Taste – The lemon-lime hop character comes out more in the flavor than in the nose. Less perceived acidity compared to the Hanseniaspora in the same wort. Without tasting the version without the hops I’d think it had a toasty malt flavor, but with the clarity of the other version is seems like THP.

Mouthfeel – Similar, medium body.

Drinkability & Notes – It’s a good beer, but not quite as quenching and delicious.

Changes for Next Time – This is the real drawback of these strains, there isn’t an easy way to lower the pH of this beer without resorting to dosing or blending… unless someone figures out that a certain combination of time, pitching rate, aeration, nutrients etc. changes the expected final pH.

Base Wickerhamomyces

Smell – Big cider (bruised apple), a little acetic. Not a great nose.

Appearance – I was drinking this a little warmer in the video and it was clear. Hazy after a day in the fridge, which suggests chill haze is at work. Especially good lacing on this one.

Taste – Like the nose, cidery. Like the other low-hopped beer the flavor is almost stale. It just reminds me of an old saison in the finish, almost papery-oxidation. That isn’t what I’d expect from a relatively fresh and well-treated beer. Good lactic acid, but the muddy finish prevents it from tasting as bright as I want.

Mouthfeel – Thin and a little astringent.

Drinkability & Notes – Not a beer I enjoy drinking especially. The flavors are muddled and not especially appealing.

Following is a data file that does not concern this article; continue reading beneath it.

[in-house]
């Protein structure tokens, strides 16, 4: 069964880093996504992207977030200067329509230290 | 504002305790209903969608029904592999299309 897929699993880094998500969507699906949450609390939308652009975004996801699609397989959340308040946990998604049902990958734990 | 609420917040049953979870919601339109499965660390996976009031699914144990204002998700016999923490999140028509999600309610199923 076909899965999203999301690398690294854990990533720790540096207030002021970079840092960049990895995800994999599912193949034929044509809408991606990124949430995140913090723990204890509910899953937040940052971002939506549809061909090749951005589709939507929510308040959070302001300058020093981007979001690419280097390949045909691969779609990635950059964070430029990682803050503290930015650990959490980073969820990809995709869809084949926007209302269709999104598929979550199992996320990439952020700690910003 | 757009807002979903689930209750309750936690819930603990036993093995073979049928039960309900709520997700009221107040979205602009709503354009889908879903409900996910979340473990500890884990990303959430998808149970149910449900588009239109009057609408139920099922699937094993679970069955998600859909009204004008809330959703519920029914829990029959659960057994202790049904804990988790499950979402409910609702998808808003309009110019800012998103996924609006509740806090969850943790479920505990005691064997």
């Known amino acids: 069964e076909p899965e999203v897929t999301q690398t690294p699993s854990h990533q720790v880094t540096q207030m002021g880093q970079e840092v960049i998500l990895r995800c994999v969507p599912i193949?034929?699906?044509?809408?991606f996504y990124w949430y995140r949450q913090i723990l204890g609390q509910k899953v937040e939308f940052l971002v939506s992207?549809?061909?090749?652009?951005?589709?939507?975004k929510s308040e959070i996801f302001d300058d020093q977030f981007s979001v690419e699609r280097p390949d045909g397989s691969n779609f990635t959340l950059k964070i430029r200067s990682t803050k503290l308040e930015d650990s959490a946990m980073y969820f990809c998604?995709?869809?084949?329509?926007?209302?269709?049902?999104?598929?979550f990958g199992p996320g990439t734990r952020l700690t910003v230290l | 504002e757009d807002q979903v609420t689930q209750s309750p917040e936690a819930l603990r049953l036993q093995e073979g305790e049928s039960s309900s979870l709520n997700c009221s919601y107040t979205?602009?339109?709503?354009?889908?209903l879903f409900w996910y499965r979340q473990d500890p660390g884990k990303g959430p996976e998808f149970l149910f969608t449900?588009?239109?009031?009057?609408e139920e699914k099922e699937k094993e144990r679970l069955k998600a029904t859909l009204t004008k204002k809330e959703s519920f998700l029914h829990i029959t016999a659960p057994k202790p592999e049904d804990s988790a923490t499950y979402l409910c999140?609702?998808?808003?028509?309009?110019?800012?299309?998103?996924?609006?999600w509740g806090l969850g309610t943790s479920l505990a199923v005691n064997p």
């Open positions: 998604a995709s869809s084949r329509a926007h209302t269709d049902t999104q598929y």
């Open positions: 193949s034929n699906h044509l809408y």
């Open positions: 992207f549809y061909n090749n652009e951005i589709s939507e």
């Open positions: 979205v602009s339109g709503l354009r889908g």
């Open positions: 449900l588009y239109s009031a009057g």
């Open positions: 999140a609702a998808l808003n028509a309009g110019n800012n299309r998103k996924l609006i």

Changes for Next Time – It seems, like the other strain, this one needs a boost of flavor and aroma from another source. While it produced a good amount of acid, the other flavors produced aren’t appealing.

Hoppy Wickerhamomyces beer in front/right, base next to the bottle.

Hopade Recipe

Batch Size: 14.50 gal
SRM: 4.6
IBU: 34.7
OG: 1.052
FG: 1.010/1.015
ABV: 5.5%/4.9%
Final pH: See Notes
Brewhouse Efficiency: 82%
Boil Time: 65 mins

45.6% - 11.75 lbs Rahr 2-Row Brewer's Malt
38.8% - 10 lbs Great Western White Wheat
15.5% - 4 lbs Simpsons Golden Naked Oats

Mash In - 45 min @ 152F

1.00 oz Mosaic (Pellets, 12.25% AA) @ 10 min
4.00 oz Amarillo (Pellet, 9.20% AA) @ Whirlpool (175F) 30 min
4.00 oz Mosaic (Pellets, 12.25% AA) @ Whirlpool (175F) 30 min
2.00 oz Amarillo (Pellet, 9.20% AA) @ Dry Hop Day 15
2.00 oz Mosaic (Pellets, 12.25% AA) @ Dry Hop Day 15

11.00 g Calcium Chloride @ mash
5.00 tsp 10% Phosphoric Acid  @ mash


1.00 Whirlfloc Tablet @ 5 min

Wild Pitch Yeast YH72 Hanseniaspora vineae
Wild Pitch Yeast YH82 Wickerhamomyces anomalus

Brewed 3/4/18

Mash pH 5.39 at mash temp after 4 tsp of phosphoric acid. A little higher.

4 gallon cold sparge with an additional tsp of phosphoric.

Added 1 gallon of water at the end of the boil.

Ran off 2 gallons of wort before any flame-out hops (~6 IBUs from the Mosaic). Chilled to 175F and added the whirlpool addition. Ran the rest off, chilling to 70F inline, shook to aerate.

Final wort pH was 5.39. No extra acid added to drop the pH.

Wild Pitch Yeast YH72 (Hanseniaspora vineae) and YH82 (Wickerhamomyces anomalus)

68F beer temperature.
Hoppy YH72 1.038 (27% AA), 3.79
Hoppy YH82 1.039 (25% AA), 3.73
Base YH72 1.030, 3.69
Base YH82 1.028, 3.51

Hoppy YH72 1.028 (40% AA), tart
Hoppy YH82 1.012 (75% AA), not very tart
Bases taste dry and tart.

3/21/18 Dry hopped each with 1 oz each of Mosaic and Amarillo.

3/23/18 - Kegged, moved to fridge to force carbonate.
Hoppy YH72 1.015 (71% AA), 3.38
Hoppy YH82 1.010 (81% AA), 3.52

4/7/18 bottled with 50 g of table sugar in 120 g of water (6 ml per bottle).